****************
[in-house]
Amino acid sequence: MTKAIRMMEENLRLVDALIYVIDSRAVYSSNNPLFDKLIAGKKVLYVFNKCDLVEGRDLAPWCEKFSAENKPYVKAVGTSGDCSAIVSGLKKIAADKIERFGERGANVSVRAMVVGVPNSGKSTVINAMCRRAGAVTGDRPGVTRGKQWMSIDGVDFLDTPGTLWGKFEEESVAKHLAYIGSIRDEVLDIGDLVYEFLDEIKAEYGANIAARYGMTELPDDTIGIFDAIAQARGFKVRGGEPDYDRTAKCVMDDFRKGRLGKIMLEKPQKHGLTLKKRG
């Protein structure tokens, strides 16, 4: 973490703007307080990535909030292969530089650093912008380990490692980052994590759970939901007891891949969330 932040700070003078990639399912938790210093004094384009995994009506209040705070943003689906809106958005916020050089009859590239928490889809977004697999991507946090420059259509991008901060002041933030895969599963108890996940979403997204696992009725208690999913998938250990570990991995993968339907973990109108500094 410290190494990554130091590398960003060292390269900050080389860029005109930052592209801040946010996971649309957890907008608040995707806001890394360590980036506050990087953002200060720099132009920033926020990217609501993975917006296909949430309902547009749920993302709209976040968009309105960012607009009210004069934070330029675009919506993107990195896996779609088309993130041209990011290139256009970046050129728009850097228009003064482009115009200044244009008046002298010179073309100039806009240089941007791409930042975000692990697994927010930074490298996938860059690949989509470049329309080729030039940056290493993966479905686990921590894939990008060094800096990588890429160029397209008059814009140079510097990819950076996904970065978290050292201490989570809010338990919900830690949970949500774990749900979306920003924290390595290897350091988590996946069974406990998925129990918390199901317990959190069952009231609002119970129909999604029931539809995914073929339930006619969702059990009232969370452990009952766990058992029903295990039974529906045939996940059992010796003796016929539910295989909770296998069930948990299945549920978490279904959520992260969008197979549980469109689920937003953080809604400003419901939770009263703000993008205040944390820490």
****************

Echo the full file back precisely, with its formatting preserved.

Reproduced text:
[in-house]
Amino acid sequence: MTKAIRMMEENLRLVDALIYVIDSRAVYSSNNPLFDKLIAGKKVLYVFNKCDLVEGRDLAPWCEKFSAENKPYVKAVGTSGDCSAIVSGLKKIAADKIERFGERGANVSVRAMVVGVPNSGKSTVINAMCRRAGAVTGDRPGVTRGKQWMSIDGVDFLDTPGTLWGKFEEESVAKHLAYIGSIRDEVLDIGDLVYEFLDEIKAEYGANIAARYGMTELPDDTIGIFDAIAQARGFKVRGGEPDYDRTAKCVMDDFRKGRLGKIMLEKPQKHGLTLKKRG
């Protein structure tokens, strides 16, 4: 973490703007307080990535909030292969530089650093912008380990490692980052994590759970939901007891891949969330 932040700070003078990639399912938790210093004094384009995994009506209040705070943003689906809106958005916020050089009859590239928490889809977004697999991507946090420059259509991008901060002041933030895969599963108890996940979403997204696992009725208690999913998938250990570990991995993968339907973990109108500094 410290190494990554130091590398960003060292390269900050080389860029005109930052592209801040946010996971649309957890907008608040995707806001890394360590980036506050990087953002200060720099132009920033926020990217609501993975917006296909949430309902547009749920993302709209976040968009309105960012607009009210004069934070330029675009919506993107990195896996779609088309993130041209990011290139256009970046050129728009850097228009003064482009115009200044244009008046002298010179073309100039806009240089941007791409930042975000692990697994927010930074490298996938860059690949989509470049329309080729030039940056290493993966479905686990921590894939990008060094800096990588890429160029397209008059814009140079510097990819950076996904970065978290050292201490989570809010338990919900830690949970949500774990749900979306920003924290390595290897350091988590996946069974406990998925129990918390199901317990959190069952009231609002119970129909999604029931539809995914073929339930006619969702059990009232969370452990009952766990058992029903295990039974529906045939996940059992010796003796016929539910295989909770296998069930948990299945549920978490279904959520992260969008197979549980469109689920937003953080809604400003419901939770009263703000993008205040944390820490």